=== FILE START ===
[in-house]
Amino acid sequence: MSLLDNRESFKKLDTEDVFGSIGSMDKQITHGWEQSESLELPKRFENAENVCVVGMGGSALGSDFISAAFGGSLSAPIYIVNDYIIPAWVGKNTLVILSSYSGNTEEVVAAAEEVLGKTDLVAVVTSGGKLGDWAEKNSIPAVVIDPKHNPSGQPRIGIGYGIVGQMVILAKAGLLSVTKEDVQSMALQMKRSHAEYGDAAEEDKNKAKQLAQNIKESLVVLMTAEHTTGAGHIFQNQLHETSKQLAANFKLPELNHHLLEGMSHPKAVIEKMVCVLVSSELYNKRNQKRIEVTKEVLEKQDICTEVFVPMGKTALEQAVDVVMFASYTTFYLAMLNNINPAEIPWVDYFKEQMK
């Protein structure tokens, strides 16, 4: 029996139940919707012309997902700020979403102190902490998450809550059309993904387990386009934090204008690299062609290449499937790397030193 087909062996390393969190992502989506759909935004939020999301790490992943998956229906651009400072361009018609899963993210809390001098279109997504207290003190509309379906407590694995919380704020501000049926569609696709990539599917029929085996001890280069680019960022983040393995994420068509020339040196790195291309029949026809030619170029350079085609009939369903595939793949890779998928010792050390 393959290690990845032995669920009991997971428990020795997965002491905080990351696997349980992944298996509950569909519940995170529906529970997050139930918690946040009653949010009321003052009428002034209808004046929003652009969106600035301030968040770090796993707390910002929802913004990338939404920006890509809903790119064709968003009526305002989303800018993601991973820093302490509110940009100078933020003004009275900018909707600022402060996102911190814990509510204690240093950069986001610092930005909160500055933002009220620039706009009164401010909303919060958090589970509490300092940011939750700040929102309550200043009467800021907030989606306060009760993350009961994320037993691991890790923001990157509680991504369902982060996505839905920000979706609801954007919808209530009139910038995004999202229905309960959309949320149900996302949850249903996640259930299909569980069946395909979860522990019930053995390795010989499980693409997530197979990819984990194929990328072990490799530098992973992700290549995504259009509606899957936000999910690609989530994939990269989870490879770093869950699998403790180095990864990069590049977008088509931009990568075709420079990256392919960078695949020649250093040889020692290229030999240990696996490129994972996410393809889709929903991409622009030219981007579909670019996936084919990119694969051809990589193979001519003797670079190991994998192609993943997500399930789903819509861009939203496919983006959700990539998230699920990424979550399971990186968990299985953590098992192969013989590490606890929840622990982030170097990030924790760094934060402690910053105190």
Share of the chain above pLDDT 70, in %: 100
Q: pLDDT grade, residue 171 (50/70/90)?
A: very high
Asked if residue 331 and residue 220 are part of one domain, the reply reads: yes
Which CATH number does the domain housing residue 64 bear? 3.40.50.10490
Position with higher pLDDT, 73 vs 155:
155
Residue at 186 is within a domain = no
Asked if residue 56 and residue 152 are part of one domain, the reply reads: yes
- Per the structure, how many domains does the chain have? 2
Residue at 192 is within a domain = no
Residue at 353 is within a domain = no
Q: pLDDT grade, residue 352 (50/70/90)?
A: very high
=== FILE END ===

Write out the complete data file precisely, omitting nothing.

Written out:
[in-house]
Amino acid sequence: MSLLDNRESFKKLDTEDVFGSIGSMDKQITHGWEQSESLELPKRFENAENVCVVGMGGSALGSDFISAAFGGSLSAPIYIVNDYIIPAWVGKNTLVILSSYSGNTEEVVAAAEEVLGKTDLVAVVTSGGKLGDWAEKNSIPAVVIDPKHNPSGQPRIGIGYGIVGQMVILAKAGLLSVTKEDVQSMALQMKRSHAEYGDAAEEDKNKAKQLAQNIKESLVVLMTAEHTTGAGHIFQNQLHETSKQLAANFKLPELNHHLLEGMSHPKAVIEKMVCVLVSSELYNKRNQKRIEVTKEVLEKQDICTEVFVPMGKTALEQAVDVVMFASYTTFYLAMLNNINPAEIPWVDYFKEQMK
């Protein structure tokens, strides 16, 4: 029996139940919707012309997902700020979403102190902490998450809550059309993904387990386009934090204008690299062609290449499937790397030193 087909062996390393969190992502989506759909935004939020999301790490992943998956229906651009400072361009018609899963993210809390001098279109997504207290003190509309379906407590694995919380704020501000049926569609696709990539599917029929085996001890280069680019960022983040393995994420068509020339040196790195291309029949026809030619170029350079085609009939369903595939793949890779998928010792050390 393959290690990845032995669920009991997971428990020795997965002491905080990351696997349980992944298996509950569909519940995170529906529970997050139930918690946040009653949010009321003052009428002034209808004046929003652009969106600035301030968040770090796993707390910002929802913004990338939404920006890509809903790119064709968003009526305002989303800018993601991973820093302490509110940009100078933020003004009275900018909707600022402060996102911190814990509510204690240093950069986001610092930005909160500055933002009220620039706009009164401010909303919060958090589970509490300092940011939750700040929102309550200043009467800021907030989606306060009760993350009961994320037993691991890790923001990157509680991504369902982060996505839905920000979706609801954007919808209530009139910038995004999202229905309960959309949320149900996302949850249903996640259930299909569980069946395909979860522990019930053995390795010989499980693409997530197979990819984990194929990328072990490799530098992973992700290549995504259009509606899957936000999910690609989530994939990269989870490879770093869950699998403790180095990864990069590049977008088509931009990568075709420079990256392919960078695949020649250093040889020692290229030999240990696996490129994972996410393809889709929903991409622009030219981007579909670019996936084919990119694969051809990589193979001519003797670079190991994998192609993943997500399930789903819509861009939203496919983006959700990539998230699920990424979550399971990186968990299985953590098992192969013989590490606890929840622990982030170097990030924790760094934060402690910053105190």
Share of the chain above pLDDT 70, in %: 100
Q: pLDDT grade, residue 171 (50/70/90)?
A: very high
Asked if residue 331 and residue 220 are part of one domain, the reply reads: yes
Which CATH number does the domain housing residue 64 bear? 3.40.50.10490
Position with higher pLDDT, 73 vs 155:
155
Residue at 186 is within a domain = no
Asked if residue 56 and residue 152 are part of one domain, the reply reads: yes
- Per the structure, how many domains does the chain have? 2
Residue at 192 is within a domain = no
Residue at 353 is within a domain = no
Q: pLDDT grade, residue 352 (50/70/90)?
A: very high